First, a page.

Ibarretxe and his moderate Basque Nationalist Party had been seeking endorsement of their plan for near independence from Spain, but, instead, lost four of their 33 seats in the 75-member legislature, threatening the party's 25-year grip on power.

Meanwhile, the Communist Party of the Basque Lands came in a surprisingly strong fourth place with the backing of Batasuna, a party banned as the political wing of armed separatists ETA.

That development was decried by the right-of-centre Popular Party, as giving ETA, classed as a terrorist group by Spain and the European Union, representation in parliament.

"ETA, for the first time, was not going to be in the Basque parliament and now it has increased its number of members from seven to nine and, what's more, has become the arbiter of the situation," former interior minister Angel Acebes said.

Evenly split

Acebes blamed Socialist Prime Minister Jose Luis Rodriguez Zapatero for not trying to ban the communists after they won the endorsement of Batasuna.

Results showed the restive region still about evenly split between Basque nationalists, seeking greater autonomy from Madrid, and Spaniards, who support territorial unity.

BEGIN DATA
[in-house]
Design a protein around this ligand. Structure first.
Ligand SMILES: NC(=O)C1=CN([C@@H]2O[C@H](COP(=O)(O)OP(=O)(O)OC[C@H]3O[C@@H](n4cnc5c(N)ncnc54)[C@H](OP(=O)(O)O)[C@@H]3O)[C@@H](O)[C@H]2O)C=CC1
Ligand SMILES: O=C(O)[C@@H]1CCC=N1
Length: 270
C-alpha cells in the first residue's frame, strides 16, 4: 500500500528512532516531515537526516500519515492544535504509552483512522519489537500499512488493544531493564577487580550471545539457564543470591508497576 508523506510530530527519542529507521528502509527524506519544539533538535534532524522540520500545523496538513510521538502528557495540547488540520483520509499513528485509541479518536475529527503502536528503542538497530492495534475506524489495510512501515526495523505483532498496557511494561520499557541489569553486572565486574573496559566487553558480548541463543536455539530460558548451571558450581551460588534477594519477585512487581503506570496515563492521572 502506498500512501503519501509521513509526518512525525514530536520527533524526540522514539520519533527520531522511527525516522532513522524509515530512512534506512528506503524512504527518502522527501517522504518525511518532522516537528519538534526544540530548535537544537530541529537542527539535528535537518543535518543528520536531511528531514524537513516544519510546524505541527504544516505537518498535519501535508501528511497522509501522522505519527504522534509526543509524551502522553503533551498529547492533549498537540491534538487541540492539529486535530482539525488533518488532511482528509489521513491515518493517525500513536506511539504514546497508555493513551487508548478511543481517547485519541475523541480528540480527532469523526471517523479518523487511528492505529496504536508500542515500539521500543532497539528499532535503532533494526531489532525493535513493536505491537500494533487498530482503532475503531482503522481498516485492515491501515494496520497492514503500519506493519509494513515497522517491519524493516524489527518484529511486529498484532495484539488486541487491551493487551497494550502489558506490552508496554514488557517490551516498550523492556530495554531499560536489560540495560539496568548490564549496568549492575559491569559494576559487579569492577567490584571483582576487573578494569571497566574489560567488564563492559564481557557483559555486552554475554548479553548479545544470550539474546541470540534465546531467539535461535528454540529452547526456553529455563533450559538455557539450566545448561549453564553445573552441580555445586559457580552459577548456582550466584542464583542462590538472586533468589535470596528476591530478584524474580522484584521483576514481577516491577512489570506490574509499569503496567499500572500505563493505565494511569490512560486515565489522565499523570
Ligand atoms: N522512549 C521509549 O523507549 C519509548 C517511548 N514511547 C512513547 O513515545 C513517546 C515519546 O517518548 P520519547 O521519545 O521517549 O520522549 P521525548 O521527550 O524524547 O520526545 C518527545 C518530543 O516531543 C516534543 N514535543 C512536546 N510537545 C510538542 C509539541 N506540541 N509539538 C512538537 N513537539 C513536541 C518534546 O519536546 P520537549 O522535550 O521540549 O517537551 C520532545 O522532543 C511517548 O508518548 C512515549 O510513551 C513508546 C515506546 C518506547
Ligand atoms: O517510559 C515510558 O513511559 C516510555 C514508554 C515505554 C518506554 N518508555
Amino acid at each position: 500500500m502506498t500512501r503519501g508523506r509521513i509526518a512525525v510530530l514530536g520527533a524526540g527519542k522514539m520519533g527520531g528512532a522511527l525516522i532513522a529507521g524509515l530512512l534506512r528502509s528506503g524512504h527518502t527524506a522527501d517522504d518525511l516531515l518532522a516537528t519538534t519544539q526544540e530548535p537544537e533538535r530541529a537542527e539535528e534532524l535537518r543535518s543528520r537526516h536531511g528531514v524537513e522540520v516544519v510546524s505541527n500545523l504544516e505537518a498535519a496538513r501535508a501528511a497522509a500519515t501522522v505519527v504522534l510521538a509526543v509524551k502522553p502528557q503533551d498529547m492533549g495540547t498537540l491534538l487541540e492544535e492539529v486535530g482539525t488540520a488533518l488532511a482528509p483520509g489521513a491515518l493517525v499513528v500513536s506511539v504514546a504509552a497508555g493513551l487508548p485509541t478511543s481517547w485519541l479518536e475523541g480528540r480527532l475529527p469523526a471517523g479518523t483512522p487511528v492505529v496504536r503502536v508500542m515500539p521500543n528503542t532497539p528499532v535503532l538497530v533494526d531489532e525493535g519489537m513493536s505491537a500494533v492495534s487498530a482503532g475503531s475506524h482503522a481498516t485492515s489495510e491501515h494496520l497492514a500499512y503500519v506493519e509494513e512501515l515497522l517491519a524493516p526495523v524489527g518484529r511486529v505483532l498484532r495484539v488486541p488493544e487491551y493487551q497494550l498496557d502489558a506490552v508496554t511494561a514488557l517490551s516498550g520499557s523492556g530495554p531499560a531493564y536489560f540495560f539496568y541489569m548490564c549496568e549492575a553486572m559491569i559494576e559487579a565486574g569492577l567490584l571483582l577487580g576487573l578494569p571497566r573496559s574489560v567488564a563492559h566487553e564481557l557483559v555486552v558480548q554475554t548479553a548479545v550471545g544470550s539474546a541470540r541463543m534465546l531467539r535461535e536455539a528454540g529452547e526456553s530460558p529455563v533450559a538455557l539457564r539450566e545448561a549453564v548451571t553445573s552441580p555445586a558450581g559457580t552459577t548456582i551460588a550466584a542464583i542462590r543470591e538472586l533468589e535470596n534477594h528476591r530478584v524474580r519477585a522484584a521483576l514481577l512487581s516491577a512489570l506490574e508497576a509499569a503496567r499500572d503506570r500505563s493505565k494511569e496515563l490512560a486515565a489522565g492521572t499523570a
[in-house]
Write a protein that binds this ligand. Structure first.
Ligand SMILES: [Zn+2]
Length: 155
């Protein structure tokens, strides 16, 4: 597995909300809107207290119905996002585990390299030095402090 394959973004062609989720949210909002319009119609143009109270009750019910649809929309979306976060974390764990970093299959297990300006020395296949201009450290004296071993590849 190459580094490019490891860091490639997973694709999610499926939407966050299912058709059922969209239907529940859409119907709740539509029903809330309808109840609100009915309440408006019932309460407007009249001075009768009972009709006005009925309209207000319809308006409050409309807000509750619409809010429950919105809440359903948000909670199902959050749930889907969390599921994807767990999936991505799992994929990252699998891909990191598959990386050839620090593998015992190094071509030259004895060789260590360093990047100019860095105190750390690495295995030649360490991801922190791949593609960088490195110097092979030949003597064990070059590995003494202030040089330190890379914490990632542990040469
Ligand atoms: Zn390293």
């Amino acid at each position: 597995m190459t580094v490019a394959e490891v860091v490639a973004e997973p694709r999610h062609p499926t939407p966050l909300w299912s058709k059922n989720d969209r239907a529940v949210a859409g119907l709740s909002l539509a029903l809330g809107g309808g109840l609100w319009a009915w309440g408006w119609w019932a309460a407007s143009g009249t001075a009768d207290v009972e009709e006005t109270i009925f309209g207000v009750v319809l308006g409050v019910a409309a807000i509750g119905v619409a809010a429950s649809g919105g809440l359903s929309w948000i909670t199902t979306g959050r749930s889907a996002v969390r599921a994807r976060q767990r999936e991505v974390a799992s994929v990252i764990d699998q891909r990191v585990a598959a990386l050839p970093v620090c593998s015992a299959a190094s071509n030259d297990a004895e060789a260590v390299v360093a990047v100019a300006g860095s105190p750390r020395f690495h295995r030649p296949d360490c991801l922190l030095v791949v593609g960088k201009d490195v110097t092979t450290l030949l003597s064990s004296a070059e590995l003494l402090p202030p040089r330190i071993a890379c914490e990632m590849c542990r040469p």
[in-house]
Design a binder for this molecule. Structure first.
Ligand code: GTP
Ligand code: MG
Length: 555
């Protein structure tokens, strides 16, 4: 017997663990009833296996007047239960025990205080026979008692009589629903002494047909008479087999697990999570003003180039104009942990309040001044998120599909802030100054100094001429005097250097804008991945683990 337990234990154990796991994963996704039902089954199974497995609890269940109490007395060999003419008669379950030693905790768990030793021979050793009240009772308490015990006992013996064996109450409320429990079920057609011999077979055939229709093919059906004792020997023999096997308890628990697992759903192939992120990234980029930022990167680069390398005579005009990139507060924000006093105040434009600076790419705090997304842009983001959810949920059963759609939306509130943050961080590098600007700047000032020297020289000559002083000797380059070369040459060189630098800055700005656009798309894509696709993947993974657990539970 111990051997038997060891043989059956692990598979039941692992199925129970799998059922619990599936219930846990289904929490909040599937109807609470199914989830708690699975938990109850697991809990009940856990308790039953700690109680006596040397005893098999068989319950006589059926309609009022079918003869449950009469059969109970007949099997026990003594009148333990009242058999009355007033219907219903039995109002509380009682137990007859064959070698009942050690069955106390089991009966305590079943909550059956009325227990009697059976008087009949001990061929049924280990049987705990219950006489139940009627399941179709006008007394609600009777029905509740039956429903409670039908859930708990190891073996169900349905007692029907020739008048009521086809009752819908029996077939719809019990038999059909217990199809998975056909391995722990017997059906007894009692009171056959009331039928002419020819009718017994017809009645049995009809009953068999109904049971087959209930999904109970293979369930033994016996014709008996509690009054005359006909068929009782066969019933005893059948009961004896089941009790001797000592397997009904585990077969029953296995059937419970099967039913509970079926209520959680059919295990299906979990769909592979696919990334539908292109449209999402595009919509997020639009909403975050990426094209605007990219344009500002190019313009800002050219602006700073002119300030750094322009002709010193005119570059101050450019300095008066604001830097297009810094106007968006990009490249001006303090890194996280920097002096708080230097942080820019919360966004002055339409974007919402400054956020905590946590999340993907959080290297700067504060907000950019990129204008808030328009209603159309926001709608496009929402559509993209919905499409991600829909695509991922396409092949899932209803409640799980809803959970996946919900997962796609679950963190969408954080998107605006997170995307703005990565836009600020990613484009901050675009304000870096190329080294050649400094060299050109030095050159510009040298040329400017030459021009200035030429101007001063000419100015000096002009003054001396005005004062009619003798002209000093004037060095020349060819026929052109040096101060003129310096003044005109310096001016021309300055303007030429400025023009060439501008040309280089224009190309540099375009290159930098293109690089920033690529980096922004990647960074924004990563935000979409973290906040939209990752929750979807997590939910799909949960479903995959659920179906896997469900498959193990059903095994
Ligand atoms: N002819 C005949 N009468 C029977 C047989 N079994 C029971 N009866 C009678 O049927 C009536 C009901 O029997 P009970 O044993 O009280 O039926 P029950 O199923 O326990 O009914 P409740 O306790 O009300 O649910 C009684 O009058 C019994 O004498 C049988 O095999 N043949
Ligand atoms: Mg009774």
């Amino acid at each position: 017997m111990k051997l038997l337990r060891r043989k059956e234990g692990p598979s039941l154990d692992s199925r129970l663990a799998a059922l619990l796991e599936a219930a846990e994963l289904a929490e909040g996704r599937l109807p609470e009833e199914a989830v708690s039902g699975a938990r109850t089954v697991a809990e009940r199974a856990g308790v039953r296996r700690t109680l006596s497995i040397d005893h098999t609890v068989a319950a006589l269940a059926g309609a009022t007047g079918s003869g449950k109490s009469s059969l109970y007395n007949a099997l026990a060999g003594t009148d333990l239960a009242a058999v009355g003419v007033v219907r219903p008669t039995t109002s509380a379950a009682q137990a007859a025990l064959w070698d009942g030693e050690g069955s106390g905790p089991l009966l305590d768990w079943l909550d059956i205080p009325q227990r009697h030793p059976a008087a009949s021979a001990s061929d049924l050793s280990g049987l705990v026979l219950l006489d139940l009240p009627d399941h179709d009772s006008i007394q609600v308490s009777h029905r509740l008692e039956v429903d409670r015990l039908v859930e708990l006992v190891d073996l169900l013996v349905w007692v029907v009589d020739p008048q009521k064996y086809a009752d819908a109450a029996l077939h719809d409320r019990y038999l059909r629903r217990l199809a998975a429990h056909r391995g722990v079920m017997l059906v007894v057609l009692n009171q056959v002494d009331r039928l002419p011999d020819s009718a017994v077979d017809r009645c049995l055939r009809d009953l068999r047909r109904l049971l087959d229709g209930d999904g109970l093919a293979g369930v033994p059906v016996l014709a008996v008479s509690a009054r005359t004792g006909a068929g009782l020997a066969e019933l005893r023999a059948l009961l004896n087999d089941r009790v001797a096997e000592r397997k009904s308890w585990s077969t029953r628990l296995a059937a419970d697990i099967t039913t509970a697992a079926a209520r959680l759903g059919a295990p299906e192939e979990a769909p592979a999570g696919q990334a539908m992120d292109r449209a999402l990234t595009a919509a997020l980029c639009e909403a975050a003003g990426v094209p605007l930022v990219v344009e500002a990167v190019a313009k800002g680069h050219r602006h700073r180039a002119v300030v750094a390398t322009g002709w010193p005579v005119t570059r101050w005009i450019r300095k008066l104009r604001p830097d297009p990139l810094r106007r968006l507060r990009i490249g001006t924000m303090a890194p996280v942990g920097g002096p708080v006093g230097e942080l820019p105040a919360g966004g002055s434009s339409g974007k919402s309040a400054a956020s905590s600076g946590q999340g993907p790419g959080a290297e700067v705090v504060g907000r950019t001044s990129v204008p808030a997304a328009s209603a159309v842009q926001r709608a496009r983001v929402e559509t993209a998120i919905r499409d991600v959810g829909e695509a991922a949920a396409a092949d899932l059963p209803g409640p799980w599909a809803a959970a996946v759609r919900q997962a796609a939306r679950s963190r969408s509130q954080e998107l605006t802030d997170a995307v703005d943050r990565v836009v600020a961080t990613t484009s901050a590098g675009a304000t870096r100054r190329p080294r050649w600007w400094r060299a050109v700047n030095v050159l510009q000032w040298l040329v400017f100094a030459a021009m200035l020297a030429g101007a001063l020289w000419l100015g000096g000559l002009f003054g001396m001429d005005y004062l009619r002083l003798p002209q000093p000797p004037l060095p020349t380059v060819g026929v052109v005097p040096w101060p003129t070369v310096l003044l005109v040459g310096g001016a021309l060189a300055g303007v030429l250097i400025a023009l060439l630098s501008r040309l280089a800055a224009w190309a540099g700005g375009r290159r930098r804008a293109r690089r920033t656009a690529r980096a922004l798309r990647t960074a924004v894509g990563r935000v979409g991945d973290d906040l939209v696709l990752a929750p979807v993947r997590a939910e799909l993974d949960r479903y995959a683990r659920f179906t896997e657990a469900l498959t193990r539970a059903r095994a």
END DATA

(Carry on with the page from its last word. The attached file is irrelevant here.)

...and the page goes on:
Basque premier Ibarretxe could
muster a minority government

But the pro-Spanish parties picked up one potentially crucial seat from the nationalists.

Ibarretxe could muster a minority government with 33 seats and no immediate prospects for an absolute majority of 38 unless the communists came to his aid.

"We have won the elections," Ibarretxe told cheering supporters, denying the result was "bittersweet".

"The game has become a little complicated, but we are going to win," Ibarretxe said.

Hotly contested

Meanwhile, the Spanish parties - the Socialists and the right-of-centre Popular Party - also have 33 seats between them.

Though they are fierce rivals across Spain, the Socialists and the Popular Party have talked about teaming up in the Basque country if it meant unseating Ibarretxe's PNV.

"ETA ... has increased
its number of members from seven to nine
and, what's more, has become the arbiter
of the situation"

Angel Acebes,
former Spanish Interior Minister

"It may not be today, but in the short term we could see the Socialists governing. No matter what happens, it won't be boring," Gorka Knorr, a former member of parliament for PNV coalition partner Eusko Alkartasuna, said.

In the hotly contested battle for second place among the two big Madrid-based parties, the ruling Socialists overtook the Popular Party to reverse the latter's rising trend in the Basque Country and set themselves up as the non-nationalist option.

The election campaign has been free of violence by ETA, still the most active guerrilla group in Western Europe and responsible for more than 800 killings since 1968 to press its demands for Basque independence.